Lose Weight While Buying in Bulk: Tips From the Amazing Toddler Diet

By Jennifer Bingham Hull

Percent of moms who say they can’t help finishing their kids’ food: 49. —From Parenting magazine.

Five months after having my second baby I weighed 216 pounds. And my weight was going up, not down. Like many moms, I faced a moment of truth, a choice between being obese and making weight loss a priority.

I lost 50 pounds over two years and have kept it off. My secret to sucess is simple. I didn’t lose the weight for myself. After years of spit-up on my blouse and jelly stains on my shoes, vanity wasn’t a factor. I didn’t lose it for my husband, who had come to accept the woman in the billowing nursing nightie.

I lost it for my kids. Obesity leads to health problems. At 216 pounds my feet were killing me. I wanted to be a healthy mom, not a mom limping around the park and soaking her feet in Epsom Salt.

Every half pound was a struggle. But it was worth the battle. My feet feel fine now and don’t need soaking – even after a long trek through the zoo. I also feel better about myself. When you lose 50 pounds while packing lunch-boxes, going to birthday parties and hiding chocolate bunnies, you feel like you can do anything! (Even write a book.)

To lose weight with children you have to use motherhood to your advantage, using the skills you’ve acquired as a parent to accomplish your goal. Below are some of the strategies described in Beyond One.

*Treat yourself like a child. Set some simple rules and follow them. A few key standards can eliminate thousands of calories. I do not let my kids play with matches. And I no longer bring home leftover desserts from parties for my skinny husband (who never ate them). I do not lick the peanut butter off the knife or eat Halloween candy.
*Take baby steps. Would you expect your infant to run around the block when she’s just learning to walk? Returning to the gym after having my second child, I was more out of shape than ever. So I started a modest exercise routine. Actually, it remains pretty skimpy. But I do some exercise every day — even if it’s just a 20 minute walk. Some women see exercise as an indulgence. I see it as something that benefits my kids.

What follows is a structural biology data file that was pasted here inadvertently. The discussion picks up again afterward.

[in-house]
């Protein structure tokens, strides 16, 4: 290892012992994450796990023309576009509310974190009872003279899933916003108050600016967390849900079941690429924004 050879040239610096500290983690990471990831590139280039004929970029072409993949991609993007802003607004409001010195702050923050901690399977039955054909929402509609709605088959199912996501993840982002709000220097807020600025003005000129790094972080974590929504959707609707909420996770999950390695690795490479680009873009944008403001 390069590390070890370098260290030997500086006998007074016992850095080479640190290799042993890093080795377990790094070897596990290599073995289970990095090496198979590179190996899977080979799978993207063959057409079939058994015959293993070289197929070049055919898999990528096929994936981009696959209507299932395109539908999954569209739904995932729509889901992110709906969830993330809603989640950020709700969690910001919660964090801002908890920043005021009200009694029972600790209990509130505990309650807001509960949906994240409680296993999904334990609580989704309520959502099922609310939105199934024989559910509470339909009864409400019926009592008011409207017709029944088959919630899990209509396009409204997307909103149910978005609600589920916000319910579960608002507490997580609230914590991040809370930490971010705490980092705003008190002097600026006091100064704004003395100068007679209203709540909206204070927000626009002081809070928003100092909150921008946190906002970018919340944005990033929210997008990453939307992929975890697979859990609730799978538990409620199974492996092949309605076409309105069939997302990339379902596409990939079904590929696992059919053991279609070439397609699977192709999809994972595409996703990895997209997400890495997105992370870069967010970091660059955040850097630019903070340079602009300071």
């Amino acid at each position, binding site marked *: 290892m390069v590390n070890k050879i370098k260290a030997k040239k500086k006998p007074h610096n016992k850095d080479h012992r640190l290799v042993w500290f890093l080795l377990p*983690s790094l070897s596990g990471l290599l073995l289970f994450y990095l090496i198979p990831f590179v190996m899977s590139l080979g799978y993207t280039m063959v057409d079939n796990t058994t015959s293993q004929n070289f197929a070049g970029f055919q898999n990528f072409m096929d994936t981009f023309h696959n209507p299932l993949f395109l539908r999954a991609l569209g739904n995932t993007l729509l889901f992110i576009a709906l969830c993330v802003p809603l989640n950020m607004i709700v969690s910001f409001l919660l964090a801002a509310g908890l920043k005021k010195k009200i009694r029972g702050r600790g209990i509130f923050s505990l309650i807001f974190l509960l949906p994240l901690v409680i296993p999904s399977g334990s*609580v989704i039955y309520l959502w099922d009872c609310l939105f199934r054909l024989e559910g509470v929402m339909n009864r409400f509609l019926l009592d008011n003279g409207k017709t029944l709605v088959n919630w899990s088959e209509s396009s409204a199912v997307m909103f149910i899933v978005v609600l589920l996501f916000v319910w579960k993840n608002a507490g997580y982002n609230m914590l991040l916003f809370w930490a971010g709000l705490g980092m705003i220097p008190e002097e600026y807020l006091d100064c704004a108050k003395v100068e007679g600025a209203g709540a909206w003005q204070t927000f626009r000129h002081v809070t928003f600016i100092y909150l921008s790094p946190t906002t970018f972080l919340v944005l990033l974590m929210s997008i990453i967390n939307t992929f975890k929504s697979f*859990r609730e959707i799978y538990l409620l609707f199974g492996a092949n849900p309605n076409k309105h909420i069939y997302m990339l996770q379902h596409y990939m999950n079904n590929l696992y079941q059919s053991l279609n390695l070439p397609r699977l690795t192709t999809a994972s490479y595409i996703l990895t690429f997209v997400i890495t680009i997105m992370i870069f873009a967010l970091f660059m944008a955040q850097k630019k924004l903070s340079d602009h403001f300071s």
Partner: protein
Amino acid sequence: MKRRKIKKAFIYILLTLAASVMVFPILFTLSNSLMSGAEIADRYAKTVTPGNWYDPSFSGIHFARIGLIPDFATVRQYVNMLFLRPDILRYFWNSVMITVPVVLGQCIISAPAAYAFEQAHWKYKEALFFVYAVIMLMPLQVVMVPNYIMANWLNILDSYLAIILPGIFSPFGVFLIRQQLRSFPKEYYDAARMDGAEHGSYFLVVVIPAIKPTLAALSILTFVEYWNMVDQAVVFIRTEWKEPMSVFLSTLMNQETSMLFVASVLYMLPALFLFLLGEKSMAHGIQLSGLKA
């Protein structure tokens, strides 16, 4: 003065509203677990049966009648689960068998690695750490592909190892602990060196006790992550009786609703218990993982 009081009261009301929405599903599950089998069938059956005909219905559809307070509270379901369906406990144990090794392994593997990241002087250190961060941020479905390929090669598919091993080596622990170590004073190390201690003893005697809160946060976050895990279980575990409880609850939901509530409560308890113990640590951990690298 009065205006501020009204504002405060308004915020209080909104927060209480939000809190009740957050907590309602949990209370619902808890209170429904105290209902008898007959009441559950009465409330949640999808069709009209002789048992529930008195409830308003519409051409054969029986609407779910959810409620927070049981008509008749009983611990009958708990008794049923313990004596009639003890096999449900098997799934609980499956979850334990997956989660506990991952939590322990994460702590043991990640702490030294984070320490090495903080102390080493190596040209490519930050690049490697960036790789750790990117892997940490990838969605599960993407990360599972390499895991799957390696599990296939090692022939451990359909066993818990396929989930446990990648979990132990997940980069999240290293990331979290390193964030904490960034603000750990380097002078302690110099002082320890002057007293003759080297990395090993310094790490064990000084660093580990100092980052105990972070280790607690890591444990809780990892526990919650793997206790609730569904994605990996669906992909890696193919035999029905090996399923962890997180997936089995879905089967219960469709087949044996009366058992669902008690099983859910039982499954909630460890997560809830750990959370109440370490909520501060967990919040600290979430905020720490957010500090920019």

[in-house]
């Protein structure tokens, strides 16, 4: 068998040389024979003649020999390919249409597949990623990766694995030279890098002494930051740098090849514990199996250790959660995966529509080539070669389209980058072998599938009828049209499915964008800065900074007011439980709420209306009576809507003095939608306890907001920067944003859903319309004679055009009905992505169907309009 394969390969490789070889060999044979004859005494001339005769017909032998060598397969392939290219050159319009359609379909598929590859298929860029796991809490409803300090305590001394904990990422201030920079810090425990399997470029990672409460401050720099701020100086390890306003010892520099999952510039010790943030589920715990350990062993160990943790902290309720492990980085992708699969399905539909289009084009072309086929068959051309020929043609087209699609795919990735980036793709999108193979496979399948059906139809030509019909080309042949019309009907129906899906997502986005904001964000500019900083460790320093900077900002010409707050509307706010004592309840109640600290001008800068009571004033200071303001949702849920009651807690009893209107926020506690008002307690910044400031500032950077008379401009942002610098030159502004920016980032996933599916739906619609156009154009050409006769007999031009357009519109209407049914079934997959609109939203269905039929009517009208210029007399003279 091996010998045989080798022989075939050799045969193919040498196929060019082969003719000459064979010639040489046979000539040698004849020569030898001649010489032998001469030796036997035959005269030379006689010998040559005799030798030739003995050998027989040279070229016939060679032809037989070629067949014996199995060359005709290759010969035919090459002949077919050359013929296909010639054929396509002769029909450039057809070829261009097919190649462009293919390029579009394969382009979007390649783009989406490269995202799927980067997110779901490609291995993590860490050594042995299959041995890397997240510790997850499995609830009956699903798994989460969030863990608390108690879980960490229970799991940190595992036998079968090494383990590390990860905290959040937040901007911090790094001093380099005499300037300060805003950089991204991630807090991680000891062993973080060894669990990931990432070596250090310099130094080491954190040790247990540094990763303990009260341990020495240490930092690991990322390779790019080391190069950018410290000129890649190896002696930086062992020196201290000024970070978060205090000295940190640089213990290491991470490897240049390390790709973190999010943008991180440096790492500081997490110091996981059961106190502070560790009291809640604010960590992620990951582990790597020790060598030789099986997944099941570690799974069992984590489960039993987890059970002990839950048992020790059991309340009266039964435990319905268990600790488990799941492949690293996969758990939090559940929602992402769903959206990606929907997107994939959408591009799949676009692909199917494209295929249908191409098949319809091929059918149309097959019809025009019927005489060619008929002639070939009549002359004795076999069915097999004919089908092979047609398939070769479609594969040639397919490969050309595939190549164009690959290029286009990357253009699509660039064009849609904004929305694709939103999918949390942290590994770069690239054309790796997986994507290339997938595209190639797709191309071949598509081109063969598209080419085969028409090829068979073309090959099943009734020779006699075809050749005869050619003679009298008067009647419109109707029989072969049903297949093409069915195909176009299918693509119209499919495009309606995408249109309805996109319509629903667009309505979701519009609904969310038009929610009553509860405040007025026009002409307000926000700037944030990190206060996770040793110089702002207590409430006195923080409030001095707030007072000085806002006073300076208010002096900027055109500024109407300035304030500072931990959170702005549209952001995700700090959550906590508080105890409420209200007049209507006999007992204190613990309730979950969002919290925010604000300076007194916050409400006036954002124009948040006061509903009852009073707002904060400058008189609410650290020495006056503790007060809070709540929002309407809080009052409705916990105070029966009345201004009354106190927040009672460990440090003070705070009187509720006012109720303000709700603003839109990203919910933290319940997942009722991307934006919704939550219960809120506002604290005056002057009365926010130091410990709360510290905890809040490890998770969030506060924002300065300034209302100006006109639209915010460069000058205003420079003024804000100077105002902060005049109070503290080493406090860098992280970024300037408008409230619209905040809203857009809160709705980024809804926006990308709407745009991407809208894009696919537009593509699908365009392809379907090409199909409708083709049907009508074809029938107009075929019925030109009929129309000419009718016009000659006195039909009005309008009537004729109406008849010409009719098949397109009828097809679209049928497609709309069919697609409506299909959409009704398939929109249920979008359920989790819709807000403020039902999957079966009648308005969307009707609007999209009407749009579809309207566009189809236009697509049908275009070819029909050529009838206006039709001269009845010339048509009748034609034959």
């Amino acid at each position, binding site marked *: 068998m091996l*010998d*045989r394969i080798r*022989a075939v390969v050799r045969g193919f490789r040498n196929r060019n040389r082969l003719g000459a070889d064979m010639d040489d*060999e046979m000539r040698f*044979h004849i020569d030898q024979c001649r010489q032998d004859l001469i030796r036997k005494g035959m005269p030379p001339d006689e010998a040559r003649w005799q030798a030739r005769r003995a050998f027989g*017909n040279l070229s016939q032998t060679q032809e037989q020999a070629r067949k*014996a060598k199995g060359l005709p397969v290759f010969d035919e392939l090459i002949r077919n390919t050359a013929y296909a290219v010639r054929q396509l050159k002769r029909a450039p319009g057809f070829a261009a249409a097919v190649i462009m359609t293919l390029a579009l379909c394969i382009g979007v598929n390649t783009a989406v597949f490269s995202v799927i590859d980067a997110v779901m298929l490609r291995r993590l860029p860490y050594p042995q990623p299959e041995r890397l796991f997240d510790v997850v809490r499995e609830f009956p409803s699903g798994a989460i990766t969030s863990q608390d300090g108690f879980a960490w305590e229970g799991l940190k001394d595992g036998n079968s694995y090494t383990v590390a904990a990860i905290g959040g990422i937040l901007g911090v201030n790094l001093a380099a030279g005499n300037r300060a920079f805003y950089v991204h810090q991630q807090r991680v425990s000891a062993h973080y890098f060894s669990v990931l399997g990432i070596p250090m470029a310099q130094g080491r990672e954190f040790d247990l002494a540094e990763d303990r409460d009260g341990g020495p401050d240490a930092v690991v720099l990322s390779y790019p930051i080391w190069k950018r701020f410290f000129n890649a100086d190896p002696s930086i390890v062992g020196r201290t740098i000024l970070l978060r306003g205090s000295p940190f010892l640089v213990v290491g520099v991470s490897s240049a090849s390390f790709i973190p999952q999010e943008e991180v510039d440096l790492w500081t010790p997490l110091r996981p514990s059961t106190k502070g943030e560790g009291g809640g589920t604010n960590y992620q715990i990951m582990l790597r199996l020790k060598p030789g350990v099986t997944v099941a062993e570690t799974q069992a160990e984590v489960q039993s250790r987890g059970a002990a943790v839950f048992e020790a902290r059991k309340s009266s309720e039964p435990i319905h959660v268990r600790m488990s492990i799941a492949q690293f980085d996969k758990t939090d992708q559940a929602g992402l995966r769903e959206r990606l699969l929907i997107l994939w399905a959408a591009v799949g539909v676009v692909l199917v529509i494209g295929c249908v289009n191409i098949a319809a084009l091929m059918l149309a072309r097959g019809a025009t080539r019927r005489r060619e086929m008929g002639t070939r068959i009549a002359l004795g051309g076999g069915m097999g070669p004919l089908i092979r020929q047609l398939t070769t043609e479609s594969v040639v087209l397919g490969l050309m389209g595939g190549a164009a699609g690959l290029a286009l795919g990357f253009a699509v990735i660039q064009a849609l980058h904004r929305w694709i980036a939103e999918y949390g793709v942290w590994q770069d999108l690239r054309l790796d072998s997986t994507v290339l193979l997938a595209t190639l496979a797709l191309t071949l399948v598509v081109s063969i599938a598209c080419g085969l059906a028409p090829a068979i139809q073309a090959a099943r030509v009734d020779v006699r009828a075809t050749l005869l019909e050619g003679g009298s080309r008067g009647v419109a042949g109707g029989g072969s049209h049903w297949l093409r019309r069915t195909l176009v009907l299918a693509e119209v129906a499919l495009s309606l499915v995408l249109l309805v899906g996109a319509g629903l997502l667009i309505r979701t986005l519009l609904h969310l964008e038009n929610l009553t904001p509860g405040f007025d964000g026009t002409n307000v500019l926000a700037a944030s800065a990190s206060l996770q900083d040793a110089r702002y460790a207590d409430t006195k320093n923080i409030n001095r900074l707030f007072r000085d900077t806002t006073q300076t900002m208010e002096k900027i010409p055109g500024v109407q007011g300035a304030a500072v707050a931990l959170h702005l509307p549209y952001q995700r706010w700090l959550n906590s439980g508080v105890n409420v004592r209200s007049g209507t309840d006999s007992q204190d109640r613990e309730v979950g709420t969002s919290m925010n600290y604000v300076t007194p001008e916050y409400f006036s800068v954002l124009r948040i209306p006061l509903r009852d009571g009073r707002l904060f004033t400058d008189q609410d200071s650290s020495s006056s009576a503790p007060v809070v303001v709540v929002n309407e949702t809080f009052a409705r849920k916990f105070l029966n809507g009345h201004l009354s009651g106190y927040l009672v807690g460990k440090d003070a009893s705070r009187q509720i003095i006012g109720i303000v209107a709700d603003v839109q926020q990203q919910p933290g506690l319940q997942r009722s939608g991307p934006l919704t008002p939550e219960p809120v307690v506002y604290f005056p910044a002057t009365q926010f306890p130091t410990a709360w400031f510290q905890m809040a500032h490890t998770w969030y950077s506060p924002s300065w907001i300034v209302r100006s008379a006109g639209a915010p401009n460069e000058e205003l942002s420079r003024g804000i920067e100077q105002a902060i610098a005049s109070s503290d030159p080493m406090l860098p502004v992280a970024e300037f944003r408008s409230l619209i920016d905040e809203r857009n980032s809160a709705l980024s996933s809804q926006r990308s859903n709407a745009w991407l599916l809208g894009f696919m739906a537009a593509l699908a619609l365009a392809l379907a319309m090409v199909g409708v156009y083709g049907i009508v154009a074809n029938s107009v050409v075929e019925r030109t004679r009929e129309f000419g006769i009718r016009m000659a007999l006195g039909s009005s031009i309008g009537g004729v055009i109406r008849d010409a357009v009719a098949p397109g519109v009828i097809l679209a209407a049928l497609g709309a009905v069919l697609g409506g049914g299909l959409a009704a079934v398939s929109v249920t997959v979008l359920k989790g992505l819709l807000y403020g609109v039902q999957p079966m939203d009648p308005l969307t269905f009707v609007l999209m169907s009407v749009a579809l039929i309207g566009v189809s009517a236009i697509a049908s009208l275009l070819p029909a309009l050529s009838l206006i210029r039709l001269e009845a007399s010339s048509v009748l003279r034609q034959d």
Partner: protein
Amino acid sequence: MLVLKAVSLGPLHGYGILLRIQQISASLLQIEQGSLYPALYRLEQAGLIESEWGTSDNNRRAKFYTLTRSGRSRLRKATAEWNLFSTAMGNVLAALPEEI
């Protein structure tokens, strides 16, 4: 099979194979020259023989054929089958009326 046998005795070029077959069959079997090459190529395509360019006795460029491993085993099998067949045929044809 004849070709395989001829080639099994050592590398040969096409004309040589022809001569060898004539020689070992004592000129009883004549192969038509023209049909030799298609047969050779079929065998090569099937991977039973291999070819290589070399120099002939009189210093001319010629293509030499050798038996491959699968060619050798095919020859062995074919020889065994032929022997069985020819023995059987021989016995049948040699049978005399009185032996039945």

*Get a life, not a diet — and make it fit the whole family. What’s good for you is good for them. Childhood obesity rates are skyrocketing. Put everybody on a healthy program. It’s easier if they all eat the same thing anyway. And if you serve healthy food early on, they get used to it. Our children eat things like broccoli, oatmeal and fruit for dessert — and they think this is normal (though unfortunately these days it’s not). They don’t need the purple cereal. And neither do you.
*Eat before the birthday party. Then seal your lips. Here’s what I was able to pass up by eating before one recent party: make-your-own pizza with three kinds of cheese, salad drenched in oil, cake, ice cream and chips. Bored at the party with nothing to munch on? Play “I spy.” I spy a heavy mom finishing her son’s hot dog. I spy a skinny one who hasn’t noticed the cake…You can learn a lot by watching other mothers.
*Get support. Ever notice how often your kids say, “Look Mommy, look!” You need applause too. The compliments I got at the gym as my weight came off proved incredibly motivating. The nice thing about being really fat is that when you do lose weight people are impressed. The bigger you were, the more bowled over they are! So find a way to get kudos — and soak them up.

(c) 2010 Jennifer Bingham Hull. Reprint rights granted as long as the article is published in its entirety, including the resource box and its live links.

About the Author

Jennifer Bingham Hull is an award-winning author and mother of two. Her book, Beyond One: Growing a Family and Getting a Life, looks at life after the second child. To learn more, visit www.growingafamily.com, where you can contact her to receive this Parenting Tips column and sign up for her free newsletter.

About Jennifer

A former journalist for The Wall Street Journal and Time, Jennifer is the award-winning author of Beyond One: Growing a Family and Getting a Life and pens the MidAge Mom blog.

She’s profiled exceptional women from the Middle East to Latin America. Widely published, her essays have been included in two anthologies.

Jennifer is also a frequent radio and TV guest. Full Bio

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In Beyond One, Jennifer chronicles her leap from one child to two, describing the enormous impact the second child has on a woman’s body, marriage, family life, friendships and work.

"Hull is the kind of woman many moms long to be friends with. . ." -The Cleveland Plain Dealer.


The Wall Street Journal, Time, The Atlantic Monthly, CNN.com, MS., Parenting, Real Simple, Salon.com, The Los Angeles Times Magazine, Working Mother, Harper’s Bazaar, Marie Claire, American Way, Brain, Child, The Christian Science Monitor, and more.